If you are a young teenager or a pre-teen who will be getting your permit soon, have an open conversation with your parents and discuss how you are going to get a car eventually. They may be willing to pay for half of it if you save the rest. You may even have to set a strict budget for how much you want to spend and save that much. Don’t forget to add in sales tax, registration, and tags.
Look in the newspaper and online for cars that are for sale from a private owner. You can usually find all kinds of vehicles at all sorts of different price points. The gentleman I bought my first two cars from had a used car dealership, but also kept a few cars on his property to sell as well.
If your parents buy a new car and offer you their old one (paid off of course), take it. Sure, it may not be your dream car. Most first cars never are. However, you will only have to worry about repairs, gas, and registration every year.
Buy a “bare bones” car and then save for a better car. If you can, do some research on what the payment was on your older car when it was new and try and save that much money a month towards a new car. If you have paid your car off, keep saving that payment for 3-4 years and then buy a better car.
For example, say your car payment is $250. $250 x 12=$3,000. If you save $3,000 for four years, you will have $12,000 to put towards your next car. It still may not be your dream car, but it will be a far cry from the “bare bones” car that you’re driving now.
If You Have to Go to a Dealership
There are several things you need to keep in mind when you go car shopping at a dealership.
Know how much you want to spend on a car in total.
Stand your ground and don’t feel pressured into anything you are not comfortable with.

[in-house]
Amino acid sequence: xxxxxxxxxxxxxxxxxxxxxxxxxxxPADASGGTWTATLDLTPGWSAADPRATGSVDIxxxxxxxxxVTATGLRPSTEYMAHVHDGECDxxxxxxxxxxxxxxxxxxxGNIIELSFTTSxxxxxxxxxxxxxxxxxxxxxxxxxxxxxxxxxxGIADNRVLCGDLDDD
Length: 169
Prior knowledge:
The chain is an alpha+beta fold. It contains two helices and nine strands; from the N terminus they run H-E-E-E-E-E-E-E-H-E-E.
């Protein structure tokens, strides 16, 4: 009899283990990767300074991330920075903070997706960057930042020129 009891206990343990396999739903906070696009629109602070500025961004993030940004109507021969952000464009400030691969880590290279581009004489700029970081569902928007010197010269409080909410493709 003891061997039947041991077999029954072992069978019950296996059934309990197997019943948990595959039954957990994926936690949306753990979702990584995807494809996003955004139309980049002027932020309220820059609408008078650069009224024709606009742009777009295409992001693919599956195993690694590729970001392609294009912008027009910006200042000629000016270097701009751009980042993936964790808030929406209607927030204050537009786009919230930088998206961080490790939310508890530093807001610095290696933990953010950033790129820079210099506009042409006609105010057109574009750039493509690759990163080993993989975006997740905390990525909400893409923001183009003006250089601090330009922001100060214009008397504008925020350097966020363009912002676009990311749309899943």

Understand everything in your buyer’s contract before you sign.
If you buy a used car (which is a much better option) and they try to talk you into an extended warranty, don’t do it. We fell for this with my husband’s first car, and when he had to have about $1500 done in repairs, it hardly covered anything.
Only look at vehicles within your budget, this will deter shiny object syndrome and keep you from falling for a car you can’t afford.
If you are a young teen without any credit, your parents should be prepared to sign for your car loan. This is an excellent discussion to have before you go to the dealership as to whether or not they are willing to do this.
There are a lot of things to think about and consider when it comes to cars and car payments, but it doesn’t have to be brain numbing and dull. Shopping for a car is a fun experience so enjoy yourself and have fun when you go out on test drives.
It’s always exciting driving a vehicle that’s a few steps above what you already own. Still, by keeping these tips in mind, you are bound to find the perfect car for your budget.
Carrie Lowrance is a writer and author. Her work has been featured on Huffington Post, The Penny Hoarder, Crosswalk, and Same Journey. She is also the author of two children’s books, Don’t Eat Your Boogers (You’ll Turn Green) and Brock’s Bad Temper (And The Time Machine). You can find out more about Carrie and her writing at http://www.carrielowrance.com